Recognizing the Three Phases of an Author Site

author website Website phases

Whether you have an author website up and running or are thinking of getting started with one, it can be helpful to understand the three main phases of an author site. Just like businesses, websites tend to go through a standard progression from infancy to maturity. Understanding how infancy, adolescence, and maturity play out in regards to author sites can help you make more informed, strategic decisions about your site. 

This article will be the first in a short series discussing how author sites grow. Here you will find out how to tell which phase your site is in. In the next few posts you will find more information about how to maximize your site in each of the phases. 

Infancy

The infancy of an author site is when your site is just getting started. For some people the infancy stage can last for years. Other authors skip over the infancy stage and jump right into adolescence. 

Some characteristics of infant author sites include: 

  • The site promotes 0-5 books. 
  • The site has irregular page visits that depend heavily on social media sharing. The author lacks a stable following. 
  • The site is free or low-cost. It may use free themes or page builders. 
  • The site lacks cohesive branding or relies on generalized, neutral branding. 

You should keep in mind that your infant site may not tick off all of the above characteristics. For example, you may have published 10 short e-books, but are newly developing your personal brand and site. In that case, you will likely start with an infant site. 

Most unpublished authors start with an infant site. In fact, while you are seeking representation is a great time to start your site and slowly grow it through infancy so you have a solid platform when you are published. 

Adolescence

An adolescent site can often be one of the most difficult sites to grow and manage. Just like an adolescent human, an adolescent site can be a bit unruly and unpredictable.

Signs that your site has turned into an adolescent include: 

  • The site promotes 2-10 books. 
  • The site has a small regular following. People may have subscribed to your blog and regularly check your site directly. 
  • People search for your site to find information about you and your books.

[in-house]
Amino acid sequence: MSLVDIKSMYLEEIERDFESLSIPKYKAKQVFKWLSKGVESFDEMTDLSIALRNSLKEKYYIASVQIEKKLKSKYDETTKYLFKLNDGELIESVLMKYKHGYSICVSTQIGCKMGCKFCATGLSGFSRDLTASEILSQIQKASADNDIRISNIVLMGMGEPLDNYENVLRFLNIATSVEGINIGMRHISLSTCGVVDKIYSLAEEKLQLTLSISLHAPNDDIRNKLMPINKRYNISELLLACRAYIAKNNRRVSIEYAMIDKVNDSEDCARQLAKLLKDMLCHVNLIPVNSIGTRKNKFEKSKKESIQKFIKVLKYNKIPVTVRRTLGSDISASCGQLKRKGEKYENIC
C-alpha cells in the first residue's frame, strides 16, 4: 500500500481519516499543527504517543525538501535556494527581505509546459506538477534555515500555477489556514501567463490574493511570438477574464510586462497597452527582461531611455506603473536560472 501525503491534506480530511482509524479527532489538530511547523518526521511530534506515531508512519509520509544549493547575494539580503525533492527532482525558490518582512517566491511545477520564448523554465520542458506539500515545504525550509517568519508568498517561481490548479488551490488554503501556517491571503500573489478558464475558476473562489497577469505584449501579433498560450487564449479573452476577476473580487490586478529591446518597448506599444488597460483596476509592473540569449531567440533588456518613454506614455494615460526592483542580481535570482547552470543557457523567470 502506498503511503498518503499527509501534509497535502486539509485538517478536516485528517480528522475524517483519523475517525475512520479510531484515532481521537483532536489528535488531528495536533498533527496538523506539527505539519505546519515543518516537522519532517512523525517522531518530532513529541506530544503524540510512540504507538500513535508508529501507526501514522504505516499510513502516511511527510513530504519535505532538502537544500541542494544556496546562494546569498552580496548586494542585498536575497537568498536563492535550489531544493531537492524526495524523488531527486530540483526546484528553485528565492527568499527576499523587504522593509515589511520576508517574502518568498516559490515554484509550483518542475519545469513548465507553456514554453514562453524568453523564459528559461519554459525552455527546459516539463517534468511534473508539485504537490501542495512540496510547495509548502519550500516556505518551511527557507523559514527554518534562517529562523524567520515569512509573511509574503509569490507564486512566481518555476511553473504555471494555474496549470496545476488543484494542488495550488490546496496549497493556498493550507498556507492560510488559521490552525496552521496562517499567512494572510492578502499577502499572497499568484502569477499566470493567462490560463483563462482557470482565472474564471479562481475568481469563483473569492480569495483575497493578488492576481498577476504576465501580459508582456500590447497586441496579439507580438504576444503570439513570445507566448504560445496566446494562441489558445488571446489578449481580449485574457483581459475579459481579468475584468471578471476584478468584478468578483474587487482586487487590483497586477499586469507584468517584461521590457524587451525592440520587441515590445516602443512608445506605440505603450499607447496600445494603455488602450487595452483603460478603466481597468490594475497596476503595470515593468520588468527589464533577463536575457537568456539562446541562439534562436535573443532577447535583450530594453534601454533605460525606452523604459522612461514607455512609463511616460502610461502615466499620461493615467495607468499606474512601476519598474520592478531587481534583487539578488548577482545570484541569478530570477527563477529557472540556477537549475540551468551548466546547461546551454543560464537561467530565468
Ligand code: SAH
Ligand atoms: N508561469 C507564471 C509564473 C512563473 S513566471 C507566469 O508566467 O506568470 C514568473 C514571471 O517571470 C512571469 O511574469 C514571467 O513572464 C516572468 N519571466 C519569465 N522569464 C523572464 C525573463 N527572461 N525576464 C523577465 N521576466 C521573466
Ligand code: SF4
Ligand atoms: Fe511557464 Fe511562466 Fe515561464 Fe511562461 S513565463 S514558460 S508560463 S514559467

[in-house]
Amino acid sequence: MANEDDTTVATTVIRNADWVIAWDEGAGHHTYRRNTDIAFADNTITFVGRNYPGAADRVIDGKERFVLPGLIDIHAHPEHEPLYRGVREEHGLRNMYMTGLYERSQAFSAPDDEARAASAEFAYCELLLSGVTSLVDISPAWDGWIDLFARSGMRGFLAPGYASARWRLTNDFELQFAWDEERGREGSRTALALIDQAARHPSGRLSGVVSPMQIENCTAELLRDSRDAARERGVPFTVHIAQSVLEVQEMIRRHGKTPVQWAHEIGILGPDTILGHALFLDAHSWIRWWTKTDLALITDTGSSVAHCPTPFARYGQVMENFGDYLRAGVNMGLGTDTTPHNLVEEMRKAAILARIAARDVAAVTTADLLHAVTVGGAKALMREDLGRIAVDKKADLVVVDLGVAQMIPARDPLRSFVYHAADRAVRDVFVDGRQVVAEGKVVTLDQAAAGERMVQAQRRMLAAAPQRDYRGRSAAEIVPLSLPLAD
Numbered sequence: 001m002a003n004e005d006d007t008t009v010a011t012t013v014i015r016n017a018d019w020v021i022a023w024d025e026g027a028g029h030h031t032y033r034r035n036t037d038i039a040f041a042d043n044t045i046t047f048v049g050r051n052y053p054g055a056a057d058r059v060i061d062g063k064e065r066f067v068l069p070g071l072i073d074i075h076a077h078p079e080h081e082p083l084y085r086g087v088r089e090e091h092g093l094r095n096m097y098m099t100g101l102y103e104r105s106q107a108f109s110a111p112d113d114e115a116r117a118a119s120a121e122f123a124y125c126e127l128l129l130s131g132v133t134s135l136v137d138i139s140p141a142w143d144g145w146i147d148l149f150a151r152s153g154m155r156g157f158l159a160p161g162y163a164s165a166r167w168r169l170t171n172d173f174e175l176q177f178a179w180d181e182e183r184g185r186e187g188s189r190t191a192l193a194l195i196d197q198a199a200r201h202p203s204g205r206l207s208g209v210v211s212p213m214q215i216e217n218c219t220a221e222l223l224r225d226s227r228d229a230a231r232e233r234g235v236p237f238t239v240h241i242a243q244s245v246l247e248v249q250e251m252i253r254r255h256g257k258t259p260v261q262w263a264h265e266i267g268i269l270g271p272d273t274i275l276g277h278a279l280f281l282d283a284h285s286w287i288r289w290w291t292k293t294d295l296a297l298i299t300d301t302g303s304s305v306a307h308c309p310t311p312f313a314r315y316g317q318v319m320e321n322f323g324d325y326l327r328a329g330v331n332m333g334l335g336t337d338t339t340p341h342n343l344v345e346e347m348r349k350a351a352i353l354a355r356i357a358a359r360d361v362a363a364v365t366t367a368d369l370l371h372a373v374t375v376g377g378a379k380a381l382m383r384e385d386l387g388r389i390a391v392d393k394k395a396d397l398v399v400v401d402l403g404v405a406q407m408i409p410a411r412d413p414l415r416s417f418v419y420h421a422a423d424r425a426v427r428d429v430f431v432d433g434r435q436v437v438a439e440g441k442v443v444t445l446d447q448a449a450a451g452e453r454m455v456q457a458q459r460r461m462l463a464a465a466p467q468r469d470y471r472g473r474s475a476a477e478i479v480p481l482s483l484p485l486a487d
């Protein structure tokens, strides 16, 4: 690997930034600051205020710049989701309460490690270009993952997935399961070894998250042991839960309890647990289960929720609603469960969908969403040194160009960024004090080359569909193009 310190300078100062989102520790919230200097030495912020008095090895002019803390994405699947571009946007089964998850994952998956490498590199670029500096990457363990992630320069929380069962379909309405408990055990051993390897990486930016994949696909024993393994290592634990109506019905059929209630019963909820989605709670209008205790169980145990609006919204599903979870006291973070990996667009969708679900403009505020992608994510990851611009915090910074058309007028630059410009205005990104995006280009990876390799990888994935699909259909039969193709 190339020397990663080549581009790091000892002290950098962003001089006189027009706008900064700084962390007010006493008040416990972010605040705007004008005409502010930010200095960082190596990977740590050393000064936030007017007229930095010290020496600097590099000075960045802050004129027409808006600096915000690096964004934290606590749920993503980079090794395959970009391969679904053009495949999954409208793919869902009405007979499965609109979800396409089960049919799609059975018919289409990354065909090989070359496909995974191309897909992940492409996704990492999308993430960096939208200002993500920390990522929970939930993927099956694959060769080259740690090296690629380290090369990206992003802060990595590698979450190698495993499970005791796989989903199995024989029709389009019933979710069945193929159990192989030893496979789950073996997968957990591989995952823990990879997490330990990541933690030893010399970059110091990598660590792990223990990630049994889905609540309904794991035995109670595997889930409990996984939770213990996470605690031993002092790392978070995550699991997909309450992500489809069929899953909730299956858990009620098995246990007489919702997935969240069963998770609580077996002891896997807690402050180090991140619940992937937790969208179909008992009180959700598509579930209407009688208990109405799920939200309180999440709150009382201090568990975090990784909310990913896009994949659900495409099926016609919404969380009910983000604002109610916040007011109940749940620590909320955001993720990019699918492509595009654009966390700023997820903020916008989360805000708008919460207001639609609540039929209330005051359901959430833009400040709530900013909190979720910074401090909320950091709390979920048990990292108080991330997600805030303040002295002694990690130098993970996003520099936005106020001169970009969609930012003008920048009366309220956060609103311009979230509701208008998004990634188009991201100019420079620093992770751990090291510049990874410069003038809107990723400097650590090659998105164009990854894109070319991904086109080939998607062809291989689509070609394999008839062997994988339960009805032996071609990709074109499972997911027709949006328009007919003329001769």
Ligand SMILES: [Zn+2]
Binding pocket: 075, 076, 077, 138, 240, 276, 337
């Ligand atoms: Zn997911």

• You're beginning to invest a little more in your site, perhaps using premium themes and plugins. 
  • Your branding is beginning to become clear. Your site matches your writing and features a professional logo as well as basic emotional design. 

Many authors jump from adolescence to maturity too quickly. However, adolescence is a great time to solidify your content plan and develop your brand so you can get the most from your mature site. 

Maturity

Ah! The phase we all want to reach! The mature author site. A mature author site has the following characteristics: 

  • The author may be well-published, with several books. 
  • The site has a cohesive design. It is often professionally designed. 
  • The site is optimized to run on various devices. 
  • Readers interact with the site by leaving comments, engaging in forums, or signing up for newsletters.
  • The site is updated regularly to reflect the author's current endeavors. 

You may think that once you've reached a mature site you can sit back and reap the benefits of fame and fortune. But a mature site actually requires significant work to keep up-to-date and maintain its authenticity. 

Knowing which phase your site is in will allow you to target your resources and create a plan for developing your site. I hope this blog will introduce you to some of the different methods and approaches different authors take when it comes to using their author site as a platform for reaching their readers. 

At the moment my author site is in its infancy. Okay, let's be honest- it's still in the birth canal. This will allow you to follow along and see how I develop my site. You can check it out at kojiadae.ink.

If you're interested in developing your own author site, stay tuned for the next three articles in this series, which will dive into some of the specifics for each of the phases.